I am not, by temperament, someone who gets into a lot of fights on Twitter, but there are a couple of topics that tend to raise my hackles. I am a rare book and manuscript librarian at a university (and both my library and my university would probably like me to mention I’m not here as an official spokesperson for either). I am quick to respond when questions come up like:
- Isn’t everything online now? (No)
- Are rare book libraries dusty and musty? (No)
- Should I wear white gloves when handling old books? (A thousand times no)
Another of these subjects is Shakespeare. More specifically, Shakespeare discoveries, those breathless announcements that, hiding in plain sight all this time is an undiscovered poem, or play, or picture that can now be attributed to Shakespeare, thanks to the insight of the scholar who uncovered it.
We all have our favorites, of course, but Shakespeare is clearly the default answer to the question of who the greatest English writer is. Compared to that monumental status, it feels like we know very little about the man — though to be clear, we know a perfectly reasonable amount, and more than we do about the vast majority of people who lived four centuries ago. But the pressure to fill that vacuum feels profound, and many people try.
You might call it Shakespeare Syndrome; this desperate hunger to mine the historical record for previously unknown nuggets of information about him. We don’t even know with great confidence something as basic as what he looked like. The two images that, without question, are intended to depict Shakespeare were both created after his death, and so a number of portraits with uncertain subjects created within Shakespeare’s lifetime have been proposed as the true image of the Immortal Bard.
The latest of these is a figure on the title page of a botany book published in 1597, the Herball of John Gerard. In the new issue of Country Life magazine, not previously noted as a locus of Shakespeare studies, a botanist named Mark Griffiths announced that his research had led him to conclude that this figure was a portrait of Shakespeare.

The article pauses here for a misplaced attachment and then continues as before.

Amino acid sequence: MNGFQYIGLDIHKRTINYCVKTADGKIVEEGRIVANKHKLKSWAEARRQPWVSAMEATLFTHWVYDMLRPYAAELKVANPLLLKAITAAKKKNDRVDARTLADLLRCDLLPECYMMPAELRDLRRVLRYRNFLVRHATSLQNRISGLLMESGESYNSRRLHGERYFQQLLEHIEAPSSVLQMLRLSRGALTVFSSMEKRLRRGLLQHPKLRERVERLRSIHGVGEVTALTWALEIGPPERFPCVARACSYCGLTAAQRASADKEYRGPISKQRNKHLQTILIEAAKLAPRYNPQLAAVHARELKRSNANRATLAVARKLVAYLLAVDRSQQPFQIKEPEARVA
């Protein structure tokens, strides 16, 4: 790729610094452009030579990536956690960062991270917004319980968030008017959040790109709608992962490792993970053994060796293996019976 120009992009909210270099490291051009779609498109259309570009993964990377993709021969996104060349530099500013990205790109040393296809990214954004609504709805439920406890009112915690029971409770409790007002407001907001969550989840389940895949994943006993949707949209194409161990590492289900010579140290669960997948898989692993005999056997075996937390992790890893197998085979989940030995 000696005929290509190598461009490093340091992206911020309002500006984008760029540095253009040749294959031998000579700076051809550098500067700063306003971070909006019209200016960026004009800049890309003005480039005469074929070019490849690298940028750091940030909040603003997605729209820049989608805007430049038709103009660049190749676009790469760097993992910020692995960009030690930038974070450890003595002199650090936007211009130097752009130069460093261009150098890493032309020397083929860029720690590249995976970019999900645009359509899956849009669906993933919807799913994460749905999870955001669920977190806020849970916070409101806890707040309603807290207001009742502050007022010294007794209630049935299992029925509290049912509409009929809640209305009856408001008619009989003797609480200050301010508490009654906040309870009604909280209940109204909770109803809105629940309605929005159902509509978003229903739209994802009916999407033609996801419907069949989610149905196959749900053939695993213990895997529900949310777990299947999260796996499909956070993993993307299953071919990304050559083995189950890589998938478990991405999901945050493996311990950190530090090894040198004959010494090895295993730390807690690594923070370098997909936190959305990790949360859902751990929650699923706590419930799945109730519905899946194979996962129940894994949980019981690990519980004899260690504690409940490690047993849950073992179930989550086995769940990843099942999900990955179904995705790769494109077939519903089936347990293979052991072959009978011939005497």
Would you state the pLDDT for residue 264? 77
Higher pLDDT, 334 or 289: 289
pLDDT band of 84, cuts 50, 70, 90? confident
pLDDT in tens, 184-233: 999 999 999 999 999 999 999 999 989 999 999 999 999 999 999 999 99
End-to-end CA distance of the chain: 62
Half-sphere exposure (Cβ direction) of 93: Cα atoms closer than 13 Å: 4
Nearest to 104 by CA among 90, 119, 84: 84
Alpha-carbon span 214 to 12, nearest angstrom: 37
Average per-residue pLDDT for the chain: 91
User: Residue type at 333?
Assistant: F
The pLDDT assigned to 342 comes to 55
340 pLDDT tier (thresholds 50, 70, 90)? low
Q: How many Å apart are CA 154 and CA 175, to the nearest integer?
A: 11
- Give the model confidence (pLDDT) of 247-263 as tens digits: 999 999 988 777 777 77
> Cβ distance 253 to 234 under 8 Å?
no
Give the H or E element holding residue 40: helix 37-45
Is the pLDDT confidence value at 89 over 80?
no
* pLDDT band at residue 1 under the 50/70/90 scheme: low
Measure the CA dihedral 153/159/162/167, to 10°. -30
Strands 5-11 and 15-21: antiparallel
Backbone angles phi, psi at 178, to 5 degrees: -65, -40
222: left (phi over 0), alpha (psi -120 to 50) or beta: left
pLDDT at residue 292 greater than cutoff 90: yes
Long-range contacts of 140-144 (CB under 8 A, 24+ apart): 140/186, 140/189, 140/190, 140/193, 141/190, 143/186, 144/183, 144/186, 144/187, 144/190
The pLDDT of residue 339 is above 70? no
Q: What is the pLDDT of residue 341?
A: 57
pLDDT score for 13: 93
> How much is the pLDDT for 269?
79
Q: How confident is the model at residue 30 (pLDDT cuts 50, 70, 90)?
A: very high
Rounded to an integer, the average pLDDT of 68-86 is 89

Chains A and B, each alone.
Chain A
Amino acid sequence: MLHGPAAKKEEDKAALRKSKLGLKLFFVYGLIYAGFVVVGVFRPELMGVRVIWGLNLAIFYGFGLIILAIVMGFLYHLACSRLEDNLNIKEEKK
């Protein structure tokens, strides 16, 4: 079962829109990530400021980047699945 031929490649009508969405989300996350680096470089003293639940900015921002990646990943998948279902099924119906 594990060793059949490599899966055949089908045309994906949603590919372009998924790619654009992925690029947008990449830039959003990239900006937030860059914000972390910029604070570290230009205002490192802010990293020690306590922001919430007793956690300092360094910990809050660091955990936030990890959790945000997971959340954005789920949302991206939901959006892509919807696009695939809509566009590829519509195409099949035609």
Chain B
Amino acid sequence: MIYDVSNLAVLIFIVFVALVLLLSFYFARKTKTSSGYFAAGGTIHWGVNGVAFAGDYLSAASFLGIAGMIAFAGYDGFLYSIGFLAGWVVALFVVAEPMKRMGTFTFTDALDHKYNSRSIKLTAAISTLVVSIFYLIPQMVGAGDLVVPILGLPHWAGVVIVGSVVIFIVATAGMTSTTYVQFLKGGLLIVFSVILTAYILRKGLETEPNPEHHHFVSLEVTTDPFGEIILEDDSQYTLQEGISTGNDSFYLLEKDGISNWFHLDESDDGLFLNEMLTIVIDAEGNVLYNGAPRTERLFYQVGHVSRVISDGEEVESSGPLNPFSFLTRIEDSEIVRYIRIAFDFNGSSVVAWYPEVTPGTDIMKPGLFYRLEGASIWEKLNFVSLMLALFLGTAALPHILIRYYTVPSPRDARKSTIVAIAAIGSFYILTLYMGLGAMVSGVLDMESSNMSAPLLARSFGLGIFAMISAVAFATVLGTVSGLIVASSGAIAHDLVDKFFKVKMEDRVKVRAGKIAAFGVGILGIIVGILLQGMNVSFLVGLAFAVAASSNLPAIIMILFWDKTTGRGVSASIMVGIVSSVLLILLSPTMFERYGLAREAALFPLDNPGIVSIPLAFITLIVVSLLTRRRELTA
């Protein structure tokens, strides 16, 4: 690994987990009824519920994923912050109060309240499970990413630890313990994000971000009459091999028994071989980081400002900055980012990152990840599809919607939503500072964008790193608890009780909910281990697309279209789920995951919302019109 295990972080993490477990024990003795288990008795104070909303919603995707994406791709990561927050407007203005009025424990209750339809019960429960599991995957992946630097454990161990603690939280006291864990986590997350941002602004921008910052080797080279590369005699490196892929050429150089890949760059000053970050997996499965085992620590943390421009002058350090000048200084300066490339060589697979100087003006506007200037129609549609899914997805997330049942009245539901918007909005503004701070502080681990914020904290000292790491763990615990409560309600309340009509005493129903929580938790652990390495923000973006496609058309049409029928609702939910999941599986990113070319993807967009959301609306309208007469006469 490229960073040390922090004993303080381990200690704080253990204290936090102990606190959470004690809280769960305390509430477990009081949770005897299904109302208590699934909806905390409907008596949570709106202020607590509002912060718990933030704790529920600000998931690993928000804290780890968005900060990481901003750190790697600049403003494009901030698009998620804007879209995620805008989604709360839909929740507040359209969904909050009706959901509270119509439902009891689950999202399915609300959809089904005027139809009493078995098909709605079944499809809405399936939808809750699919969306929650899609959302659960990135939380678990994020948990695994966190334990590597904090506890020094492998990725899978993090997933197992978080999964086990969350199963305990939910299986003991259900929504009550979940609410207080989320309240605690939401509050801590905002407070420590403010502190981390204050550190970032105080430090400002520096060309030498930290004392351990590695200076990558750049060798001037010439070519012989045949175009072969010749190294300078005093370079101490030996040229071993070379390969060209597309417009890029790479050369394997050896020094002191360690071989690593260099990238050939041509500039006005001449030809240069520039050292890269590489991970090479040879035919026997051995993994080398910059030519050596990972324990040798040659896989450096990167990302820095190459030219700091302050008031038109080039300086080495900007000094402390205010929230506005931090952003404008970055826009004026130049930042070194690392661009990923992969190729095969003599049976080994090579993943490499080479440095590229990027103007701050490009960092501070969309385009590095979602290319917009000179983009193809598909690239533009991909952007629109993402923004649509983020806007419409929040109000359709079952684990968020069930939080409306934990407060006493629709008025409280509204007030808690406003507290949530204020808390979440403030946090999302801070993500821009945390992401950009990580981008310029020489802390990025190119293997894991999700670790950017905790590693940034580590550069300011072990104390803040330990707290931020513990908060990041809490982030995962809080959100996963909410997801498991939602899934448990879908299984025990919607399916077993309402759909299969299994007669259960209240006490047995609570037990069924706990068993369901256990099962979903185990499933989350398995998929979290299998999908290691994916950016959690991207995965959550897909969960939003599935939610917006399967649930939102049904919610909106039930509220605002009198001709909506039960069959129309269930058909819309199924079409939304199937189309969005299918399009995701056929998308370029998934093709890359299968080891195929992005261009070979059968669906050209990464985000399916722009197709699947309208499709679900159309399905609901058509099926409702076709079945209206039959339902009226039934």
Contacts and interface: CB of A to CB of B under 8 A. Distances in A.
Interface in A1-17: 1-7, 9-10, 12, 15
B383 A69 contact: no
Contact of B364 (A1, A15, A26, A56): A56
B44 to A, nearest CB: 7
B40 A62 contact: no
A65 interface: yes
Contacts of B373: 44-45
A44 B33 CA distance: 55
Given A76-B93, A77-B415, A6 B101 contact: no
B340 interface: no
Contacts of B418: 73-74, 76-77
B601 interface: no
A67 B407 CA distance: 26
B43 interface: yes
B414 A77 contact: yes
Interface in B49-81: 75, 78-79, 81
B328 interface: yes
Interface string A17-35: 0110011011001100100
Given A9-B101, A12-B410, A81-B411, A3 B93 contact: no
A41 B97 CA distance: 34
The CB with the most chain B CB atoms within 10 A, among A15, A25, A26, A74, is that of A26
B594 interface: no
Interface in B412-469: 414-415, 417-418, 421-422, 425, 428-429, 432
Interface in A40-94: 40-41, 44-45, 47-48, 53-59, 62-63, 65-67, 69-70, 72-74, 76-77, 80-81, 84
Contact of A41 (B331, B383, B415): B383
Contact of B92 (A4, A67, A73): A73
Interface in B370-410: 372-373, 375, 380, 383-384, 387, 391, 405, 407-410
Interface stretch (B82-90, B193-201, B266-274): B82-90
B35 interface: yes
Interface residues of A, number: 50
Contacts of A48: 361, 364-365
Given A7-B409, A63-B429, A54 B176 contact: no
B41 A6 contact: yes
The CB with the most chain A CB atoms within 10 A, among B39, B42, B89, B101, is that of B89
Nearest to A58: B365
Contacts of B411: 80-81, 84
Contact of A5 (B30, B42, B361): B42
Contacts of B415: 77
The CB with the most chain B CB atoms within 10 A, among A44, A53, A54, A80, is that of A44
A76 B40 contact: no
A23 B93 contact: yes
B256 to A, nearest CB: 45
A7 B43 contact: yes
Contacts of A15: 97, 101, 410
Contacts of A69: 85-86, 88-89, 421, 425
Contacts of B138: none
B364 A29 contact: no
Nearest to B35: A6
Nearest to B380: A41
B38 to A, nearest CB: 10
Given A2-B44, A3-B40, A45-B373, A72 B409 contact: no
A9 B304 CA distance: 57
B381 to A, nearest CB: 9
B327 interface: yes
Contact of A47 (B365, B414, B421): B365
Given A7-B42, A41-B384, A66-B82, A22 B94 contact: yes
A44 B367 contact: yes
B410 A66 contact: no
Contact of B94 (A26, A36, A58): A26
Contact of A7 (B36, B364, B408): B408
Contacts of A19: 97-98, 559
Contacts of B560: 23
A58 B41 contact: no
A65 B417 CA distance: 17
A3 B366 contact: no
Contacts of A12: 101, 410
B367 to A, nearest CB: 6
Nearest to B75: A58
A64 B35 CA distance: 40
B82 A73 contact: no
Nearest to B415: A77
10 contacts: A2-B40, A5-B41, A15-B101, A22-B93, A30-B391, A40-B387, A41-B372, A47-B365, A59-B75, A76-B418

The pieces of evidence that led Griffiths to this passionate and unshakeable conclusion include the plants the figure is holding, which may have been mentioned in passing in Shakespeare’s works, and this symbol on the plinth underneath the figure.
Griffiths argues that the symbol is, in essence, secret code for “Shakespeare”. He says that the number 4 at the top of the cipher can be read as the Latin “quater”, and an E on the right makes quatere, the verb “to shake”. He identifies the main vertical stroke as a spear, forming Shakespeare, with a W for William at the base. The OR in the middle he links to Shakespeare’s father’s coat of arms, which are colored gold — “or” in the language of heraldry.
Throughout his article (available only in the print issue of the magazine or through online purchase) Griffiths returns to the theme of playful Elizabethans, delighting in hidden meanings and devious games. In what seems clearly to be more a dig at modern skeptics than a description of Shakespeare’s contemporaries, Griffiths asserts that the device on the title page “declare[s] his new-found status to readers sufficiently bright or in the know to decipher it while duping the rest into thinking that this was an emblem of a far humbler kind.”
If this kind of elaborate mental gymnastics seems familiar, it’s because this is exactly how Shakespeare denialists “prove” that the works of Shakespeare were really written by Francis Bacon, or the Earl of Oxford, or Christopher Marlowe, or practically anyone who was alive to hoist a quill pen in the reign of Queen Elizabeth. Another Englishman named William, William of Occam, has a helpful suggestion for how to think about this problem: an explanation which requires fewer assumptions to be true is likelier to be valid than one which requires many assumptions to be true. Is there such an explanation for the figure on the title page and for the symbol upon which he stands?